An APT group thought to be tied to Russia is flying against conventional wisdom, having as recently as the last three weeks dropped its sixth zero-day in the past four months.
Given the underground value of unpatched and unreported vulnerabilities, this is highly unusual behavior, even for a state-sponsored cyberespionage team.
Nonetheless, APT 28, also known by other nicknames such as Tsar Team, Operation Pawn Storm, and Sednit, has been a busy gang targeting government agencies and military operations with a host of Adobe Flash, Microsoft and Java-based zero-days at their disposal.
This week alone, two zero-days attributed to this team disappeared when they were patched by Microsoft and Oracle in Office and Java respectively. Researchers at iSight Partners reported the Office zero-day to Microsoft on June 30 and it was patched on Tuesday in MS15-070, an Office security bulletin that patched 13 other vulnerabilities in the software. Later that night, Oracle erased a Java zero-day in its quarterly Critical Patch Update that was used against a U.S.-based defense contractor and foreign military outfits. It was the first Java zero day actively exploited in the wild since 2013, experts said.
APT 28 keeps a vast arsenal of malware and domains under its control, according to researchers Brian Bartholomew and Jonathan Leathery of iSight.
“This indicates it’s not a handful of guys; this is an organization managing this stuff,” Bartholomew said, adding that the group has also been known to use cryptocurrency such as Bitcoin to buy domains in order to hide registration information and remain anonymous. “It’s hard to manage that much infrastructure that they own.”
Five of the half-dozen zero days, Bartholomew said, were built in-house by APT 28, while the sixth, CVE-2015-5119, was a repurposed Flash 0day that was put into use 24 hours after it was uncovered after the Hacking Team breach.
“They actually rewrote it, which is interesting. It’s not just a copy of the [Hacking Team] proof of concept with their own shell code added,” Bartholomew said.
The Office zero day, CVE-2015-2424, was likely still under development since iSight researchers said it was still fairly buggy and unreliable. It was likely spread via spear phishing emails, specifically targeting individuals or groups within sensitive organizations. The lure found by iSight was a Word document purporting to be an analysis of the Iran nuclear deal.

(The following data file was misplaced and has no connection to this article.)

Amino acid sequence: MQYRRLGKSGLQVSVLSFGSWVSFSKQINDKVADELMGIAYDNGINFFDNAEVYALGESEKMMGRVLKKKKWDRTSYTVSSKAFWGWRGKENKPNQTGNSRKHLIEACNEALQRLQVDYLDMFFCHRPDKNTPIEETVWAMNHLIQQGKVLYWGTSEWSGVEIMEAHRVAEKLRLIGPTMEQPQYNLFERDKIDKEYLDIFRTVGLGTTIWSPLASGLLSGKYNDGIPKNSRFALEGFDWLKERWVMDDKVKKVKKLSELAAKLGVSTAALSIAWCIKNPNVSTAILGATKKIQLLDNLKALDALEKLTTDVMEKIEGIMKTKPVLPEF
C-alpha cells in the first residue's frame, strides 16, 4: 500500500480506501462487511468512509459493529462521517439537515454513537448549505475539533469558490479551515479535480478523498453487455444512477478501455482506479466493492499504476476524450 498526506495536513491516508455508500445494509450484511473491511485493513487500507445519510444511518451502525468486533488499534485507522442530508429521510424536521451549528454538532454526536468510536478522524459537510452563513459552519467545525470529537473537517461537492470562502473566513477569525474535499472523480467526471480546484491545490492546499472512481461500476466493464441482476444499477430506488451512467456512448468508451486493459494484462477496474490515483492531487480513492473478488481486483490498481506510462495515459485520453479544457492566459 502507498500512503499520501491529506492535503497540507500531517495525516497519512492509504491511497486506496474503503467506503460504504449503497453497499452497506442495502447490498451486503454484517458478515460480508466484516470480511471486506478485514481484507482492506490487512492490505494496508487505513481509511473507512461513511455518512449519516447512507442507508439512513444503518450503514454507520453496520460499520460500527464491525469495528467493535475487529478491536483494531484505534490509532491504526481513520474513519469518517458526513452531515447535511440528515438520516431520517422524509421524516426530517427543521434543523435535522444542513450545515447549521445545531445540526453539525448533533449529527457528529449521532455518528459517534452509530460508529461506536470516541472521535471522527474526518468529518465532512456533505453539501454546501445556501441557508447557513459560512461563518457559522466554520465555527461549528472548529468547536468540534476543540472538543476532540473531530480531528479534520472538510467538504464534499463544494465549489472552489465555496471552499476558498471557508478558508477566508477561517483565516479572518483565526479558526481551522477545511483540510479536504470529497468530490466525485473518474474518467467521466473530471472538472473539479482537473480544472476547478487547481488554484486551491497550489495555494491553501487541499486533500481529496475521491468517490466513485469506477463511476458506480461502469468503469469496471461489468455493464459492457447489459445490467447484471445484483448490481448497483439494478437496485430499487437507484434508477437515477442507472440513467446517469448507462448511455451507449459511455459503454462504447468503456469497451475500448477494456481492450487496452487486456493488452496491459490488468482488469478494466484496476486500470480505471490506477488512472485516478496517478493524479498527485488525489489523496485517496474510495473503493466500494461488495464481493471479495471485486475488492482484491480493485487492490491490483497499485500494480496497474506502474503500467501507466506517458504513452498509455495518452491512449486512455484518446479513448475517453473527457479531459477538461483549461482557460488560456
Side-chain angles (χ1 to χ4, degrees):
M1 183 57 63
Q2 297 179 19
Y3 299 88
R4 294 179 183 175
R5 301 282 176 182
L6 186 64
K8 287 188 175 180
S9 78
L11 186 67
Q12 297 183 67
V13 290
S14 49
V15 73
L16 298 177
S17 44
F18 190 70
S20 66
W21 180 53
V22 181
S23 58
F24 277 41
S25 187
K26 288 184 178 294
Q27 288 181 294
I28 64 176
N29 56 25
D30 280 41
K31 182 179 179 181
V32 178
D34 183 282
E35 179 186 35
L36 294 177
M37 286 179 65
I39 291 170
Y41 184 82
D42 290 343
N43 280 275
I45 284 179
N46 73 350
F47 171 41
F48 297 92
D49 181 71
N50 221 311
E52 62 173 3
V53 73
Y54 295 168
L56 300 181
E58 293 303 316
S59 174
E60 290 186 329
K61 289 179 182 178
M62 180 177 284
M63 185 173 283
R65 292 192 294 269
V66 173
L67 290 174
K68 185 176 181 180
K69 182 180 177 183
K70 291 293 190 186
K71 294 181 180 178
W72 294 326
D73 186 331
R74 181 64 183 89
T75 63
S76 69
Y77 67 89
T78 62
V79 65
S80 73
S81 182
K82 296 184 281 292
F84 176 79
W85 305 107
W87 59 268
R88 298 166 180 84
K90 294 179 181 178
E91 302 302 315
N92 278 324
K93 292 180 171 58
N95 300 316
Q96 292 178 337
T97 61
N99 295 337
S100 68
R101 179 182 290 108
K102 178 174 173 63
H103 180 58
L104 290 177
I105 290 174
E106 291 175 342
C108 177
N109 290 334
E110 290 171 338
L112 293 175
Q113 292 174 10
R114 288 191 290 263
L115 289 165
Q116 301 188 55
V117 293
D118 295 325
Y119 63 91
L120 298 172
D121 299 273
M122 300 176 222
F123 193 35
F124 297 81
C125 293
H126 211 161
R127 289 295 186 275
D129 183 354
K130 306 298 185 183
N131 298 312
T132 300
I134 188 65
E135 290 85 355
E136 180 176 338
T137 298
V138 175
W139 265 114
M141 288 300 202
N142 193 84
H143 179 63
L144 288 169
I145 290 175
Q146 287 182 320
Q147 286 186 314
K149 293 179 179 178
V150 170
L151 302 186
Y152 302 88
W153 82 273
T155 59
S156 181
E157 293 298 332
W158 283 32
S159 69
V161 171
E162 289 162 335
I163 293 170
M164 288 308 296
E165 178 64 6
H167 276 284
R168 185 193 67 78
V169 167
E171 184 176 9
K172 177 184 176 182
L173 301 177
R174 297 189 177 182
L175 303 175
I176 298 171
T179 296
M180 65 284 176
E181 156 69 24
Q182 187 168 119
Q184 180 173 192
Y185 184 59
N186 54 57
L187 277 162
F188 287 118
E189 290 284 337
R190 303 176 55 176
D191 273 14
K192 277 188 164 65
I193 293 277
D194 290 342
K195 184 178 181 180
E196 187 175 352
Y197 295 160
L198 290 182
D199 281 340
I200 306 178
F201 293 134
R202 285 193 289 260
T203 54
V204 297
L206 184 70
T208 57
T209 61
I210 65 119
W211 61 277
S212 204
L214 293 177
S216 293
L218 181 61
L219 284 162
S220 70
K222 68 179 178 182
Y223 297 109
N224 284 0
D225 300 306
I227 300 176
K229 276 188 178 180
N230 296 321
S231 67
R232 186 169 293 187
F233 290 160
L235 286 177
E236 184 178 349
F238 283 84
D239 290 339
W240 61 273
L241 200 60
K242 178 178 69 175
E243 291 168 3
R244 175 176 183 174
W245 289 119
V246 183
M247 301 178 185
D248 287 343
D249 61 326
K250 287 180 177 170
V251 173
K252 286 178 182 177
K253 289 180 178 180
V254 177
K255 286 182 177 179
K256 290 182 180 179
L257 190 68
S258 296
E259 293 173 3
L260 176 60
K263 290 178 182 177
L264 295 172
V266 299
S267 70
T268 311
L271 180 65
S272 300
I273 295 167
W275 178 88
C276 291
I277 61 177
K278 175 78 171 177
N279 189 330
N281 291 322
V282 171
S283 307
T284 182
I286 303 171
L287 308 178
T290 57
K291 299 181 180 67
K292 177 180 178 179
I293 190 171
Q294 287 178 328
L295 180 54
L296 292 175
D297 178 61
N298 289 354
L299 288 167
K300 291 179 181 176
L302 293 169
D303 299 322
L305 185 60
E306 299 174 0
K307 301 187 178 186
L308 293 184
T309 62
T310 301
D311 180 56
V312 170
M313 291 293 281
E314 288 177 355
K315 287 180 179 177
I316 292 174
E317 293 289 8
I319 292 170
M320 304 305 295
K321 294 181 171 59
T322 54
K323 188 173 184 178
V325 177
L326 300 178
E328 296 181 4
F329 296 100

“It’s a heap corruption vulnerability in Office where it’s mishandling an object in memory, which allowed for remote code execution from the weaponized document,” Leathery said, adding that the message also included a CNN article on the Iran deal published June 28. The likely targets were the former Soviet republic of Georgia.
The payload is a variant of the Sofacy or Sednit Trojan, which immediately opens a backdoor to a number of attacker-controlled domains where stolen data is sent. Some of the domains, iSight said, are benign or do not belong to the APT group, a false-flag of sorts. The targets are government agencies in Eastern Europe or NATO, along with critical industries such as nuclear, telecommunications, defense industrial base and diplomatic interests.
The group is not only adept at gathering intelligence from foreign interests, but also focuses on internal dissidents and threats to national security in Russia, iSight said. One counter-terrorism operation attributed to this group is the so-called Cyber Caliphate hacktivist operation, where hackers posing as ISIS supporters set up lures via social media or forums trying to attract those sympathetic to the Islamic State. Once some confidence is established with a target via direct messaging, APT 28 would entice them to install an application that was malicious and allowed them to monitor the dissidents’ activities.
Despite the fact that this particular Office—and Java—zero day has been patched, iSight believes APT 28 is well resourced and has more at its disposal.
“This throws a wrench in their plans; usually they can get a few months out of a zero day before a patch is out,” Bartholomew said. “It’s unprecedented using this many zero days, but at the same time, they have access to developers who can build these or have the resources to buy them.”